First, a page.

UNIVERSITY OF THE WITWATERSRAND, JOHANNESBURG

New study on plant speciation

20 February 2014

A new study by a Wits University scientist has overturned a long-standing hypothesis about plant speciation (the formation of new and distinct species in the course of evolution), suggesting that agricultural crops could be more vulnerable to climate change than was previously thought.

Unlike humans and most other animals, plants can tolerate multiple copies of their genes – in fact some plants, called polyploids, can have more than 50 duplicates of their genomes in every cell. Scientists used to think that these extra genomes helped polyploids survive in new and extreme environments, like the tropics or the Arctic, promoting the establishment of new species.

However, when Dr Kelsey Glennon of the Wits School of Animal, Plant and Environmental Sciences and a team of international collaborators tested this long-standing hypothesis, they found that, more often than not, polyploids shared the same habitats as their close relatives with normal genome sizes.

“This means that environmental factors do not play a large role in the establishment of new plant species and that maybe other factors, like the ability to spread your seeds to new locations with similar habitats, are more important,” said Glennon.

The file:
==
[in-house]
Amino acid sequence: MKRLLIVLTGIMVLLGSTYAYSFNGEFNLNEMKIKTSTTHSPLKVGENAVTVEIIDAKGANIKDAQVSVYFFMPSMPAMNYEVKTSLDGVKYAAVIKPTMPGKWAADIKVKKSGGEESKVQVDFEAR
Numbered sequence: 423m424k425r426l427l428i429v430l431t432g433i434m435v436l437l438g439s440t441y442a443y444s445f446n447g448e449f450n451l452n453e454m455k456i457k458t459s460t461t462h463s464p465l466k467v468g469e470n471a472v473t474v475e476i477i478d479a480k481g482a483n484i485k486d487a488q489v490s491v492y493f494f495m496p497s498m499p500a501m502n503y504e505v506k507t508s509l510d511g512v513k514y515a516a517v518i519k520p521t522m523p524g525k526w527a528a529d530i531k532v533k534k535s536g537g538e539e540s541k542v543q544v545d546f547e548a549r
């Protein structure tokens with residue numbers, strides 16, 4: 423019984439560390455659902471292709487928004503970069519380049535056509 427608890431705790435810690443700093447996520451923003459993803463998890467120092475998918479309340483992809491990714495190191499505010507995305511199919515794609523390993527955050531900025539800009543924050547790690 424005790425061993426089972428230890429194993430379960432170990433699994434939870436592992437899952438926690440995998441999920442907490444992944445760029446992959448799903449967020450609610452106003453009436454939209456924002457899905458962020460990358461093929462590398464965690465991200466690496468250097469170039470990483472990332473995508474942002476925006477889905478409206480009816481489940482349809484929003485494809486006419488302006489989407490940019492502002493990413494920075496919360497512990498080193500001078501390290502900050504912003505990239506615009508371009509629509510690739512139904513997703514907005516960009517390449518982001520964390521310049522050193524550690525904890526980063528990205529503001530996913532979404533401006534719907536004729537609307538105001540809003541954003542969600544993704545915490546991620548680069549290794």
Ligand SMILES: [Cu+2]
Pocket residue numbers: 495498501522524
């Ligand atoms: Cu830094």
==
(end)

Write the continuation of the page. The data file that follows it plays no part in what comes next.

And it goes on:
“This study has implications for agriculture and climate change because all of our important crops are polyploids and they might not be much better at adapting to changing climate than their wild relatives if they live in similar climates.”

Glennon’s study also provides an alternative explanation for why plants are so diverse in places like the Cape where the climate has been stable for hundreds of thousands of years. Although her study examined plant species from North America and Europe only, she is looking forward to testing her hypotheses using South African plants.

Glennon’s paper has been published in Ecology Letters, a flagship journal for broad-scale ecology research.

 

Creosote bush flower 

 

Image: Output for Larrea tridentata (creosote bush) diploid and polyploid populations that shows that both ploidies share similar climate habitats, but differ in how they share that climate.

 

About Dr Kelsey Glennon

Dr Kelsey Glennon is a Carnegie Postdoctoral Fellow in Climate Change Research in the School of Animal, Plant and Environmental Sciences and the Global Change and Sustainability Research Institute at the University of the Witwatersrand, Johannesburg. She became interested in plant genetics while volunteering in the Hunter Lab at Salisbury University in her second year of college. She pursued a PhD at George Washington University in Washington, DC, studying plant hybridisation, its effects on species boundaries, and resulting conservation issues. Dr Glennon came to Wits University from a prestigious NSF Bioinformatics Fellowship at Syracuse University in New York. She is currently doing active field research on baobab trees in Limpopo Province and the medicinally important plant imphepho (Helichrysum odoratissimum).